Upon departure from yule around noon yesterday (first come, first served), we counted sixteen vehicles + a slick sled parked in some form or fashion along the road. Even places that used to be complete taboo to park in have become parking lots (mud g. runout – c’mon people!).

    It’s all bittersweet, I guess. It’s nice to see so many people out enjoying the BC, but it also hurts to see so many areas getting a literal slashing. The rules of the game seemed to have changed as well: lines that are usually reserved for springtime are now seeing lots of activity during winter. The mid-winter risk factor that many folks are willing to accept has been elevated to a perplexing level. Let’s hope that all stay safe out there.

  7. BC BOB February 16th, 2009 10:12 pm

    Right on Jon ! Lots of important stuff in that blog.

  8. Lisa February 17th, 2009 6:31 am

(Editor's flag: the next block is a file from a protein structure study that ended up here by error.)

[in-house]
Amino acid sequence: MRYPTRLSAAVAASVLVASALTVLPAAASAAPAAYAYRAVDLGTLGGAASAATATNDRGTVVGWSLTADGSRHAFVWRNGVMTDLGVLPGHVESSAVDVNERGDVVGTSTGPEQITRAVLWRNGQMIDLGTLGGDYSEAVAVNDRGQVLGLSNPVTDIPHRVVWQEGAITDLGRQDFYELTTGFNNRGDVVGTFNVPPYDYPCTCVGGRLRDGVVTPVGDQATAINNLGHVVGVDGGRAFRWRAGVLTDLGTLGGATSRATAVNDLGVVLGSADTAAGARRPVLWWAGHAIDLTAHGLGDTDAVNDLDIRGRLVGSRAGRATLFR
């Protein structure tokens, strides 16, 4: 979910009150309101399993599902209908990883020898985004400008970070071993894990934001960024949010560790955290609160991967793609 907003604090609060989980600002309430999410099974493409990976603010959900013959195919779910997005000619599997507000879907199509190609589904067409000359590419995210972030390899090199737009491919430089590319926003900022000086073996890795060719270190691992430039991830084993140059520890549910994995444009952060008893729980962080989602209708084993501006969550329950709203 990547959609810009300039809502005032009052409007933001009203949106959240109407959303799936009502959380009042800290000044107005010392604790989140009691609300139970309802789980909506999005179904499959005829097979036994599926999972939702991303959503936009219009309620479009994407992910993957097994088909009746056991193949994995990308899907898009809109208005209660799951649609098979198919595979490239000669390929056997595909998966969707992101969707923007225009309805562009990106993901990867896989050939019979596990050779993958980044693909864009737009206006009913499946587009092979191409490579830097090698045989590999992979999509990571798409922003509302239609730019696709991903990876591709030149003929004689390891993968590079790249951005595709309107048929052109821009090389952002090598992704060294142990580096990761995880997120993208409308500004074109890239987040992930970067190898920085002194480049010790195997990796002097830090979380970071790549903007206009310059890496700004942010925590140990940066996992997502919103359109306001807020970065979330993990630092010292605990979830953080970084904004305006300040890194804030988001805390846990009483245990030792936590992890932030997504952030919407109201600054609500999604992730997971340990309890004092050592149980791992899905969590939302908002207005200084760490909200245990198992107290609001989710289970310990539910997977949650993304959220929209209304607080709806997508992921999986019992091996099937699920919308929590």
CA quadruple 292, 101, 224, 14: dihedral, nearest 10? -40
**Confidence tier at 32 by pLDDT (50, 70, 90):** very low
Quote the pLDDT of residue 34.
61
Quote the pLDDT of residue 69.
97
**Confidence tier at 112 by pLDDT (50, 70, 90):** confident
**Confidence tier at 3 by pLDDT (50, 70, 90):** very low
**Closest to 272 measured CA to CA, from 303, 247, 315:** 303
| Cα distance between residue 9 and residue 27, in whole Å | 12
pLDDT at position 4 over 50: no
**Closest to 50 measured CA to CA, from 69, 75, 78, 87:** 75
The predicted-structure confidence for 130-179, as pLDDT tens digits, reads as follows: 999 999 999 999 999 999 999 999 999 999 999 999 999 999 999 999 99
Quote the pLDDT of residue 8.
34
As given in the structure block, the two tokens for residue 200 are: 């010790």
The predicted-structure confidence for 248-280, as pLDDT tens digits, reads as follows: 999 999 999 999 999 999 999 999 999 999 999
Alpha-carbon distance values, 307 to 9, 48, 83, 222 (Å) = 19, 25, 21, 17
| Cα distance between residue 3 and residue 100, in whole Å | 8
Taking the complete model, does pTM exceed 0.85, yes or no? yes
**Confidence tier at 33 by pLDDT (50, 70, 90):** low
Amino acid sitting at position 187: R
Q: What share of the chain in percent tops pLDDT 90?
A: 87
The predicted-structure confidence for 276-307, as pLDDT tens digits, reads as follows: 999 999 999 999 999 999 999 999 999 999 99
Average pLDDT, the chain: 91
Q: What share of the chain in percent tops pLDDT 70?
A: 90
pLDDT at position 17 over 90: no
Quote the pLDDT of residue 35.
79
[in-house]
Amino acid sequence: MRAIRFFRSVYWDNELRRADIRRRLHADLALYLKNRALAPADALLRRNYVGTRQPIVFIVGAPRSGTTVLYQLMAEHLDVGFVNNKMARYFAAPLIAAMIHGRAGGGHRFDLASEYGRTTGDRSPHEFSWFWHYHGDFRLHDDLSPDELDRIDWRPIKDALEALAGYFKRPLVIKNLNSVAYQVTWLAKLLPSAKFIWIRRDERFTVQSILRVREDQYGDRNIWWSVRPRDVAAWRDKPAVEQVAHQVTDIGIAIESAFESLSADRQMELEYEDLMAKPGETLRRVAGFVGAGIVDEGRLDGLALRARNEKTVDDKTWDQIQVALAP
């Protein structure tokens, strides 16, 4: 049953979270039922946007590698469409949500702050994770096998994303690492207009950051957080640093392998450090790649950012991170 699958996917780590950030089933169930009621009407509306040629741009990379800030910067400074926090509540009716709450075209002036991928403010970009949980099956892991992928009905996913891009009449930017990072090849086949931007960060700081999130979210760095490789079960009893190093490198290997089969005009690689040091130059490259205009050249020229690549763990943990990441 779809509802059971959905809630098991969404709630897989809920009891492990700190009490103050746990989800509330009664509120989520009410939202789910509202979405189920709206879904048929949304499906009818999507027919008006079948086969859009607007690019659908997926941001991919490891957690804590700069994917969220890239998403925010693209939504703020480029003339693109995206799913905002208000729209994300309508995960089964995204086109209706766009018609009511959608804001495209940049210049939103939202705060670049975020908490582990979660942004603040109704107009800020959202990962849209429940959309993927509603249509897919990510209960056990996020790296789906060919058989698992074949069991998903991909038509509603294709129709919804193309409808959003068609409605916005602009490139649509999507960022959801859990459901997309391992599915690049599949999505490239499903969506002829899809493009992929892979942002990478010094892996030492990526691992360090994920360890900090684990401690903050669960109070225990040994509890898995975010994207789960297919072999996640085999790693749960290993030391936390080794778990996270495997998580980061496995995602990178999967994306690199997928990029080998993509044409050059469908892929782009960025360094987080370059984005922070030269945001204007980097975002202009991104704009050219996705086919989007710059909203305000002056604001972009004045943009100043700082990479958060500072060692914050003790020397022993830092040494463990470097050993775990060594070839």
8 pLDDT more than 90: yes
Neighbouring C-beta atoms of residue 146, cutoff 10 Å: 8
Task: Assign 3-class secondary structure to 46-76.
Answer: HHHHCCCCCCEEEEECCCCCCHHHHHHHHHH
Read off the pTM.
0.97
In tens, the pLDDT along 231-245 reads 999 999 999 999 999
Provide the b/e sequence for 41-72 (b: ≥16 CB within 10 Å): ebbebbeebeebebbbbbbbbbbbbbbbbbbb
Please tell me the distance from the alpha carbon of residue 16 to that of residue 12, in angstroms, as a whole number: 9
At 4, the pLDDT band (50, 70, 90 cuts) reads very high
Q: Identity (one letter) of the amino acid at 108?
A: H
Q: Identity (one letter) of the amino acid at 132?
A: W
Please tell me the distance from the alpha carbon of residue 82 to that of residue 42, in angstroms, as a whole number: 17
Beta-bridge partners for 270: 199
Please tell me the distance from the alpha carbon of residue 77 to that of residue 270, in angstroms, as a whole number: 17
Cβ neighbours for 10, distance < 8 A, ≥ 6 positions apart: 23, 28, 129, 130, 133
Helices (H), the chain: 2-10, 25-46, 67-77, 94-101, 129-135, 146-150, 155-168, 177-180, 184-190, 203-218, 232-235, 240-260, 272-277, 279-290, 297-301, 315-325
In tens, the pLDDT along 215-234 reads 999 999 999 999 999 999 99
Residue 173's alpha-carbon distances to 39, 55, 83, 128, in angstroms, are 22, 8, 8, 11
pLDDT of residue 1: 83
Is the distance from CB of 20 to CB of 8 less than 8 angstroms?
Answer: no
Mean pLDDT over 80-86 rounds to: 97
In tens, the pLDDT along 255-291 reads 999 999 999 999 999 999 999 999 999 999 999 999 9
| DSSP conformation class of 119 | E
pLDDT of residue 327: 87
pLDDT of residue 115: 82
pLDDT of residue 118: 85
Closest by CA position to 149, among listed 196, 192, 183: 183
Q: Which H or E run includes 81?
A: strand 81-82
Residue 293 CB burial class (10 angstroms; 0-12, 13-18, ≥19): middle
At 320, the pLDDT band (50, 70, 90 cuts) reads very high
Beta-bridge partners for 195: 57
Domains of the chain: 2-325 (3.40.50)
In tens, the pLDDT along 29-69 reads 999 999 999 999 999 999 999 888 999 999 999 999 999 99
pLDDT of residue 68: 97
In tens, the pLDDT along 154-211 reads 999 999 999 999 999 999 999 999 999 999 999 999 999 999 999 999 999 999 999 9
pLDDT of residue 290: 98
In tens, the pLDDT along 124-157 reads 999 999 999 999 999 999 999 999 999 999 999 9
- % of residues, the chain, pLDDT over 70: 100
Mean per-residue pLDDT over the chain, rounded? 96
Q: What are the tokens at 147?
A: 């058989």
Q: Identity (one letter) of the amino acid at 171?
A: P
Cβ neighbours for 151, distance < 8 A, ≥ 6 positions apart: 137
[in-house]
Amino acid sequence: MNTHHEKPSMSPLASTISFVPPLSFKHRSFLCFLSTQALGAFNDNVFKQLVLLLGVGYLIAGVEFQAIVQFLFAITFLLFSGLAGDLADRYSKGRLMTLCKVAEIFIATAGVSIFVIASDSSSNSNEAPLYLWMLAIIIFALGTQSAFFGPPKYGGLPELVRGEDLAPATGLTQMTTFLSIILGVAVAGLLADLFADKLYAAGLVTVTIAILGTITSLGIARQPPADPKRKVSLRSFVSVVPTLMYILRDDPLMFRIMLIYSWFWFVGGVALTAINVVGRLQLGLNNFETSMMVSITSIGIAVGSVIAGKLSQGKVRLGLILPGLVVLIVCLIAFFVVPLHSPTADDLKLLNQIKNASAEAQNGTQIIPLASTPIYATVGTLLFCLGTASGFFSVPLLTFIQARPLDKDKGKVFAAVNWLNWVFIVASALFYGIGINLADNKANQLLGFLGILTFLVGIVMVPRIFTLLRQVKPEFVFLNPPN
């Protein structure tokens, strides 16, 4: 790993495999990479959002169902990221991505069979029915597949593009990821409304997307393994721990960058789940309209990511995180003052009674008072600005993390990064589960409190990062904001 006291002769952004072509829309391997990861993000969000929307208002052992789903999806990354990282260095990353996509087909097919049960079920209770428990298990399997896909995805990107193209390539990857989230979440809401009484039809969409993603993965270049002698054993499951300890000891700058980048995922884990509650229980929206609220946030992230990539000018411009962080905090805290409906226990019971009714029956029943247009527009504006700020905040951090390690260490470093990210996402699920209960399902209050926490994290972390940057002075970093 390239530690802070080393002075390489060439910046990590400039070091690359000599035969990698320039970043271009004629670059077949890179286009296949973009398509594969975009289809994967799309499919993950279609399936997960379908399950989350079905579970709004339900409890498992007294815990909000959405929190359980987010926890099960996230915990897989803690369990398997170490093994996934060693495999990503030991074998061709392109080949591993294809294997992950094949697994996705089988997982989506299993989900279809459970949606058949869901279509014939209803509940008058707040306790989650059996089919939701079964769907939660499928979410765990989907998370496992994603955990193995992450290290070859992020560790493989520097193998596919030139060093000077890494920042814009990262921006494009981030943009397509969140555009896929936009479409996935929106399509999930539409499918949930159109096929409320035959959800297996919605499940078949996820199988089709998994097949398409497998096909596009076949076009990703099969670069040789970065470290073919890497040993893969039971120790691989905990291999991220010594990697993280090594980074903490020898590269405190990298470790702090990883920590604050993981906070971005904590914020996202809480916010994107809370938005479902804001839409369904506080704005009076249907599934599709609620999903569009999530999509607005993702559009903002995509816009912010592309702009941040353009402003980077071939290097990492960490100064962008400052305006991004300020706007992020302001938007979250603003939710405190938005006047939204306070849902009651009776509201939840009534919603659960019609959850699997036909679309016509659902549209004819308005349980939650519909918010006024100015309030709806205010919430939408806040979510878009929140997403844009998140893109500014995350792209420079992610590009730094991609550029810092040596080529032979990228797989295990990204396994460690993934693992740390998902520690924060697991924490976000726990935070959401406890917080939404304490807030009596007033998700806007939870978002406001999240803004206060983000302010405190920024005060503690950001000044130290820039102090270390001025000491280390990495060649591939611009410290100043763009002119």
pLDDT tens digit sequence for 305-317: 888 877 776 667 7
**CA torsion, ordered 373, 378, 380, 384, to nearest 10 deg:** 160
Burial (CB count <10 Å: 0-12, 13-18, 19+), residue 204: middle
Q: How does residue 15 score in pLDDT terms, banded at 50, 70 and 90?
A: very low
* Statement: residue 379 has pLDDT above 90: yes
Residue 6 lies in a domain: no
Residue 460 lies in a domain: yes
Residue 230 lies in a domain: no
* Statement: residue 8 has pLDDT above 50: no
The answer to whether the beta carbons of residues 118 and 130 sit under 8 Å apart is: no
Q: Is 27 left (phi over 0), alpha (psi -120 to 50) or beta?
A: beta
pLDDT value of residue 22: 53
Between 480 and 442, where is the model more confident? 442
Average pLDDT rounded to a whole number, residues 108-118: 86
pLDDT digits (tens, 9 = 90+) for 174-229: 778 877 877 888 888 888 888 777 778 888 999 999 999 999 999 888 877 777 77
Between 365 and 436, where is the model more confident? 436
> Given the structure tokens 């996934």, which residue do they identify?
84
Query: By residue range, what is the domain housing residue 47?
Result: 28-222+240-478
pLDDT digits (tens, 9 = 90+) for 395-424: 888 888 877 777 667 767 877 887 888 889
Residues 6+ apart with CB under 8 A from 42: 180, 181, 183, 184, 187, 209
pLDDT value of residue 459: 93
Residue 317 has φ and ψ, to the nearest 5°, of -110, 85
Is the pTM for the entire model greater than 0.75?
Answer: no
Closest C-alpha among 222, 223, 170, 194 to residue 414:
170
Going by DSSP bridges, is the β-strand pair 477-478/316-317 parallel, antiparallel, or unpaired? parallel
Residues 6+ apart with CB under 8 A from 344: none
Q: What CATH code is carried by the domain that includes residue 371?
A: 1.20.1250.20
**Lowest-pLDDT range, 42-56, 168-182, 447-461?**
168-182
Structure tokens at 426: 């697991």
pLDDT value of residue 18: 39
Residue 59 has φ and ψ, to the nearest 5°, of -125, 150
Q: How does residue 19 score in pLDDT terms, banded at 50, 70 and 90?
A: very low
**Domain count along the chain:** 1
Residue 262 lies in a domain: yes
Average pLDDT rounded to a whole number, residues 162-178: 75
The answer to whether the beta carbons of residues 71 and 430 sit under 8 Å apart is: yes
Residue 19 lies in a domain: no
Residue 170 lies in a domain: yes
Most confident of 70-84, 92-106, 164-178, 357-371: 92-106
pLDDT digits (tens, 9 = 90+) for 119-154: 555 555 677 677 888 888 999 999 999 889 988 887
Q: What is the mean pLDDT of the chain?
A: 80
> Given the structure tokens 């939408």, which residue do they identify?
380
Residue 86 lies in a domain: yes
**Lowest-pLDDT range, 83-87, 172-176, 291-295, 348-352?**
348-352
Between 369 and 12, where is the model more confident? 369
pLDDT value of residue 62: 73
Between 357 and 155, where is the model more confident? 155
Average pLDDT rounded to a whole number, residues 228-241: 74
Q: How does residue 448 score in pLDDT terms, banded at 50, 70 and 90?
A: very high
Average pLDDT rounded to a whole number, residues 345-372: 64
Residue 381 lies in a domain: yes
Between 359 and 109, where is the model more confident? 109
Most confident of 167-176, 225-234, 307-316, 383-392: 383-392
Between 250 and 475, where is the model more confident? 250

Dear Sweetie,
    Thanks for the awesome Valentine’s weekend. It was perfect in every way. You’re a gem and I’m a lucky gal. Life gets better and better.
    Looking forward to our next outing.

  9. Lou February 17th, 2009 7:23 am

    Jon, I don’t mind the level of use it’s gotten to. Plenty of snow still to be had, and the parking seems to be going ok since it mostly gets maxed during weekends when the quarry work seems to slow down. I’m probably mostly concerned about some of the lines that have become popular, the ones with dire consequences if even a medium sized slide falls. The first people on those lines are probably making conscious choices and that’s fine (though a burial in Mud Gulch would be difficult for SAR to reach safely), but it’s the people who follow thinking “hmmm, that’s getting skied, must be ok,” who are a tragedy in the making. Tricky stuff, that’s for sure. Main thing is, everyone, just park with care. Nothing wrong with getting out that shovel and enlarging your space a few feet to get you rig farther out of the roadway…